Army Reserve Civil Affairs Officer Reflects on Service and Family During LGBTQ Month
Story by: Ms. Saska Ball, USACAPOC(A) PAO
FORT BRAGG, North Carolina – Throughout June, the military joins the nation in honoring the lesbian, gay, bisexual, transgender and queer community. The month was chosen to honor the 1969 Stonewall Uprising in Manhattan, which marked a turning point for the gay liberation movement in the United States.
“It’s important to share my overall experience in the military during Pride Month so everyone can see that all types of people are serving our country,” said Capt. Shannon Woodman, chief of operations for the 443rd Battalion. of Civil Affairs located in Newport, Rhode Island.
Woodman served as both an enlisted soldier and a commissioned officer during the era of the “Don’t Ask, Don’t Tell” policy and was taking the Basic Officer Leadership Course when the repeal was announced.
With the repeal, the military openly recognized the value of individual talent, background, and perspective in fulfilling its mission to include LGBTQ soldiers and their selfless service.
“I remember the company commander at my school making an announcement about the repeal,” Woodman recounted. “I told him afterwards that I appreciated the way he handled it. He kept checking on me during class and talking about how things were going.
The emotion she feels thinking about this moment can be summed up in one word: relief. Relief that she wouldn’t have to sidestep issues, tell half-truths, or alter who she was. She was free to serve her nation and be herself.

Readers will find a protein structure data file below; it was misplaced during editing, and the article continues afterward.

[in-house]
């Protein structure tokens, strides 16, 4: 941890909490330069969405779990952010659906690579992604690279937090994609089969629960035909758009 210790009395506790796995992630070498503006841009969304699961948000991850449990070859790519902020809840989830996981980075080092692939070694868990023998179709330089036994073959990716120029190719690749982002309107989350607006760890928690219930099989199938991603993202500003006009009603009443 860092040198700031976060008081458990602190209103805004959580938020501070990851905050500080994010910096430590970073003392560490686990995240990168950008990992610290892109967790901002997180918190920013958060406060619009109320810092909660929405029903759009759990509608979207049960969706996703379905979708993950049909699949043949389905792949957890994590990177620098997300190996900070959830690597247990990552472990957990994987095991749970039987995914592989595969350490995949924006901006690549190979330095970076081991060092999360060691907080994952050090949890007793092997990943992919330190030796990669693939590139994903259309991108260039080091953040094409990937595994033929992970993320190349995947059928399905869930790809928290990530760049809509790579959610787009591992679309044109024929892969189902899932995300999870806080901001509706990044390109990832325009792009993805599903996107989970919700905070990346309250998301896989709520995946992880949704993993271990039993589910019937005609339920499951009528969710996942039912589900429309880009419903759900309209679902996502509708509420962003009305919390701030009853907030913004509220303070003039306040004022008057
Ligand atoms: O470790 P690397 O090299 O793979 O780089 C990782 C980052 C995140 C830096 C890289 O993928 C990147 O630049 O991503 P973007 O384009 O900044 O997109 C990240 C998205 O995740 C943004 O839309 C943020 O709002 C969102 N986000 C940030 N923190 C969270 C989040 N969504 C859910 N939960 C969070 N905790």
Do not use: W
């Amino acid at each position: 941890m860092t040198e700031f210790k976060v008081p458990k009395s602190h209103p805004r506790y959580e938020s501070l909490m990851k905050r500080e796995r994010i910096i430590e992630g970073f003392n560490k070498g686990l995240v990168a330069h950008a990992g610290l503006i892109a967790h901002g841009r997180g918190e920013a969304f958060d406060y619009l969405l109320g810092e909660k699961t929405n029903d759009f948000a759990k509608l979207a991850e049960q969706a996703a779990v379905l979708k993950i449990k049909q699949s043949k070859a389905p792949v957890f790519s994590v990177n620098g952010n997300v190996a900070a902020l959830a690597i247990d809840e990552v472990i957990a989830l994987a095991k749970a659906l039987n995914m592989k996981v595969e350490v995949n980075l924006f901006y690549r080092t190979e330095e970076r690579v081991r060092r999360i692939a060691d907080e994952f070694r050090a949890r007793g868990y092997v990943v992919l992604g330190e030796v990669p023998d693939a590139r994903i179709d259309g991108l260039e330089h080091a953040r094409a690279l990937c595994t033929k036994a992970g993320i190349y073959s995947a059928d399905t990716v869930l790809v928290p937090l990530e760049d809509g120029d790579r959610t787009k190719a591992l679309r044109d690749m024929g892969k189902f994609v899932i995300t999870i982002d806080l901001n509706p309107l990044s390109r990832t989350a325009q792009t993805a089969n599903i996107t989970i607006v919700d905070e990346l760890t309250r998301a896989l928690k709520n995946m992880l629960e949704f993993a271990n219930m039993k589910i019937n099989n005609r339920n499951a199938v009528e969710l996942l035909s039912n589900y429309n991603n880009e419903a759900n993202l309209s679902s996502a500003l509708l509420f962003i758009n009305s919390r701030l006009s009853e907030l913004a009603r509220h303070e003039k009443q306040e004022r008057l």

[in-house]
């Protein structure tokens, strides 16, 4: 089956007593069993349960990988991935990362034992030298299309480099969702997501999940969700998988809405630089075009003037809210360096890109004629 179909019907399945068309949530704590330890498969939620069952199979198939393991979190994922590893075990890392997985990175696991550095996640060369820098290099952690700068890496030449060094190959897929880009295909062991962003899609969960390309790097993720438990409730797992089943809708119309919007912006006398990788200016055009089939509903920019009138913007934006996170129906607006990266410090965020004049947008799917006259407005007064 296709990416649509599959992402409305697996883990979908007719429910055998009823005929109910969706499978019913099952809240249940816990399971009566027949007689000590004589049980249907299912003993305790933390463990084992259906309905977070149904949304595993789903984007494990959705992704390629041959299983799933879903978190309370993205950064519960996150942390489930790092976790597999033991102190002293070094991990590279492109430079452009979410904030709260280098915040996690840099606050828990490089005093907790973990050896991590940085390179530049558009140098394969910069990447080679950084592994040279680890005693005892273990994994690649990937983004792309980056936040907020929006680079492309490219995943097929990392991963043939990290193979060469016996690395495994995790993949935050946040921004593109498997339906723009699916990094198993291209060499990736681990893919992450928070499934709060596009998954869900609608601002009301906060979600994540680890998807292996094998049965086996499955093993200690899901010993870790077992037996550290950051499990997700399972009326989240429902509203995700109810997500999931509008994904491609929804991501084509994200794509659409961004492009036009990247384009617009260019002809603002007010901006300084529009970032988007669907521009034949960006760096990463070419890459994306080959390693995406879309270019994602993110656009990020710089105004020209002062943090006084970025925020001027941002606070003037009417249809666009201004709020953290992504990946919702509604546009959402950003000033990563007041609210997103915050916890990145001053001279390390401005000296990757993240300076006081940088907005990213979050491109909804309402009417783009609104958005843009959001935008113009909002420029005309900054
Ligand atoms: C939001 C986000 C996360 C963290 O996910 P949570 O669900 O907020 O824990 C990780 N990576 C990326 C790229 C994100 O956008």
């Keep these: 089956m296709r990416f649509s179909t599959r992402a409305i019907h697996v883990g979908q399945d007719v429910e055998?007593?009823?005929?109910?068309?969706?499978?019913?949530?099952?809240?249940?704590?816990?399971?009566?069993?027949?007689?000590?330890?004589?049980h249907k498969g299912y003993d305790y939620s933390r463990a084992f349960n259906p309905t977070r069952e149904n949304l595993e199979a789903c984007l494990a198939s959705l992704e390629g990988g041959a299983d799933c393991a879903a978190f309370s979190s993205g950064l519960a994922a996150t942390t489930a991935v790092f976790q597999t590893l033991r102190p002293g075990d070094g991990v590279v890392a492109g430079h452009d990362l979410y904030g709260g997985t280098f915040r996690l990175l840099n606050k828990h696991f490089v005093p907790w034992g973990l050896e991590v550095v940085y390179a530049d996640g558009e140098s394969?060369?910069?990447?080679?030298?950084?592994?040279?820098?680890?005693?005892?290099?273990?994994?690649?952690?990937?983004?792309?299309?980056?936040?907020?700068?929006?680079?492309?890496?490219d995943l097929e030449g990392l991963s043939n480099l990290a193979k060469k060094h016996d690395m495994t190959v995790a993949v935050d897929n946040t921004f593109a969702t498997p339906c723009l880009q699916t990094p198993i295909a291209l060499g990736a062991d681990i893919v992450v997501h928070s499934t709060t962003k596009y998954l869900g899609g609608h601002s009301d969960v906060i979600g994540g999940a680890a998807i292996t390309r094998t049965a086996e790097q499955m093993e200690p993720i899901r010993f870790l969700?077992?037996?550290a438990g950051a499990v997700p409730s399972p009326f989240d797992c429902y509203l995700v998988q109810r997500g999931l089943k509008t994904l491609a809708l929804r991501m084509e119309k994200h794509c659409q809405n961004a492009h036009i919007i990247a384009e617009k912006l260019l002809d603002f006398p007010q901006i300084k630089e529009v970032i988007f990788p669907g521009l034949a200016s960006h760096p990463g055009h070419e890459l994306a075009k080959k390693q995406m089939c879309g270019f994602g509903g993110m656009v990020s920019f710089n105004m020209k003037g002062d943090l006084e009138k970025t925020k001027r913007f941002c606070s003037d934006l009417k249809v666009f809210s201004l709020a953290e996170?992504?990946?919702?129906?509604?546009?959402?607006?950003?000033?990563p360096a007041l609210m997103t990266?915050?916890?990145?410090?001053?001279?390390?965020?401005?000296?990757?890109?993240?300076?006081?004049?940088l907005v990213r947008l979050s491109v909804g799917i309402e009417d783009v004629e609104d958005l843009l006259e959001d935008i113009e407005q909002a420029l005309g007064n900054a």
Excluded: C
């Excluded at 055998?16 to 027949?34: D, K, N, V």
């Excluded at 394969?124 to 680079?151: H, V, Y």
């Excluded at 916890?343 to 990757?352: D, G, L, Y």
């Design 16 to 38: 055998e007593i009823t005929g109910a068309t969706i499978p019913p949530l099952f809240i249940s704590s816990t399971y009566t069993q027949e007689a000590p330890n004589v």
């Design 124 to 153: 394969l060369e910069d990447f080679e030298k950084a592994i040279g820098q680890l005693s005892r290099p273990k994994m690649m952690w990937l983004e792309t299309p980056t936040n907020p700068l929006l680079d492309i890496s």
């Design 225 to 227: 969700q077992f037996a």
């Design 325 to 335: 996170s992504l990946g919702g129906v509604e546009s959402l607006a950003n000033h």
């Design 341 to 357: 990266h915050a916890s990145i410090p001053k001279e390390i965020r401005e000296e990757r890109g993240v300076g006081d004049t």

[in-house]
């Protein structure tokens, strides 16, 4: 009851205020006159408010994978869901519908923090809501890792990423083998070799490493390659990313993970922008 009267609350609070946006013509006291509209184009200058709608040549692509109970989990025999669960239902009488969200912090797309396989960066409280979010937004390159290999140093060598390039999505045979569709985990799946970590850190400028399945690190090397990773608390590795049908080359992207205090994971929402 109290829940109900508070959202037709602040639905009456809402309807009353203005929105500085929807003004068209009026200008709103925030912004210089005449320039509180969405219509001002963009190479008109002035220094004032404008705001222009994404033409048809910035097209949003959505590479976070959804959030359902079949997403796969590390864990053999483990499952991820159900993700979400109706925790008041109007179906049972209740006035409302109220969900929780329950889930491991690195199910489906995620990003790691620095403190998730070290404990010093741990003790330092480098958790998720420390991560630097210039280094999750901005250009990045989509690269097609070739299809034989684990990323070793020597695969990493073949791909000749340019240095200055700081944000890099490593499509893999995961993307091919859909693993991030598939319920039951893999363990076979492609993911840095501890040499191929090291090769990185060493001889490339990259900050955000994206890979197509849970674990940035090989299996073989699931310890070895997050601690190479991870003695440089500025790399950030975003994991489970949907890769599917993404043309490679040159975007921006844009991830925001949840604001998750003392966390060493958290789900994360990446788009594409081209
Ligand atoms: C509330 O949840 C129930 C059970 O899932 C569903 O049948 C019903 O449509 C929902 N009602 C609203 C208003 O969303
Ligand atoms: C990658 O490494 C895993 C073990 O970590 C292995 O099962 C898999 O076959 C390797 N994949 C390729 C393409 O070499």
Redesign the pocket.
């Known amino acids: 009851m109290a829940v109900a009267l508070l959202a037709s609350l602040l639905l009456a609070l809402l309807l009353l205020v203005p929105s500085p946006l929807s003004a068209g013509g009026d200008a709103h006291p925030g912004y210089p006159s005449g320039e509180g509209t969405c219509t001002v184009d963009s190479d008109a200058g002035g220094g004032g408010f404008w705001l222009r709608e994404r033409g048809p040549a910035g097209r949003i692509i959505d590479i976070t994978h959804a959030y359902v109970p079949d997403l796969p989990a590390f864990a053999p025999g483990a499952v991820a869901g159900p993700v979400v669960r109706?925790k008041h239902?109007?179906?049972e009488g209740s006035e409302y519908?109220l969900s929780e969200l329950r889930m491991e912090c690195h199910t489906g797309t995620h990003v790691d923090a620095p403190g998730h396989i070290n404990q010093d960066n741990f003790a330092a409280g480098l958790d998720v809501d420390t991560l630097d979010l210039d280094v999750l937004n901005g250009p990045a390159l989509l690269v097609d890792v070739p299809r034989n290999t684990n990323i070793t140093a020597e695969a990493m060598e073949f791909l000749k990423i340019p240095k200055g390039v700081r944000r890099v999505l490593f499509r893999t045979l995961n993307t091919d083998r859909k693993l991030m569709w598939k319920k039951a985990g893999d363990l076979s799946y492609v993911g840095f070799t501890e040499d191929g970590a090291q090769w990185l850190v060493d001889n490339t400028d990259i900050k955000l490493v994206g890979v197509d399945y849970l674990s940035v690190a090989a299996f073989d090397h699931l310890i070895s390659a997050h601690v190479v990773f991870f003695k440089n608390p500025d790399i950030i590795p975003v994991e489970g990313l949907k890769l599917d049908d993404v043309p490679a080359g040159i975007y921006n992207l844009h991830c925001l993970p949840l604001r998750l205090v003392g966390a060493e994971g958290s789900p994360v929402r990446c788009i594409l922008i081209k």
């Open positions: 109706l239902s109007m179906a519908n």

His ability to continue serving led to a chance discovery of his family’s connection to Newport and the military.
“When I found out I was going to be moving from Wisconsin to Rhode Island, my parents told me that my paternal grandmother had done a lot of genealogical research and had actually written a book called ‘The Woodman’s of Rhode Island’ “Once I found out my grandmother had written a book, I found a pdf version of the book to start looking at my family’s background,” Woodman said. The first John Woodman arrived in Newport, Rhode Island around 1655.”
She discovered that five men had served in the army – four in the Colonial War and one in the Revolutionary War; and that she was not the only Captain of the family. At least two were officers, Captain Edward Woodman and Captain Sylvester Woodman. The latter ran away from home to join the army and served for six years.
Woodman had the opportunity to share the experience with her fiancé, Stefi.
“Once she found out that my family was from the area and had been buried in local cemeteries, she was incredibly supportive and kind, and contacted the local historical society to see if they were doing tours or had any additional information about the Woodman family,” Woodman said. .
“Walking on the ground where Shannon’s ancestors lie was like traveling back in time to the beginning of where it all began, not just for her family, but also for this country,” Stefi said. “I felt honored to be able to walk the same ground as his ancestors first did 300 years ago.”
Visiting cemeteries and other ancestral sites, Woodman couldn’t help but reflect on how things had come full circle due to his continued military service.
“Knowing the connection to military service that was here from my family’s beginnings in this country makes me even prouder,” Woodman said. “Being in the exact place where my family first established its roots in this country is a wonderful, all-around connection to service and family.”
Woodman concluded with a final thought: “It’s always an honor and a privilege to put on this uniform and serve.”
|Date posted:||23.06.2022 14:03|
|Location:||FORT BRAGG, North Carolina, USA|
|Hometown:||NEWPORT, RI, USA|
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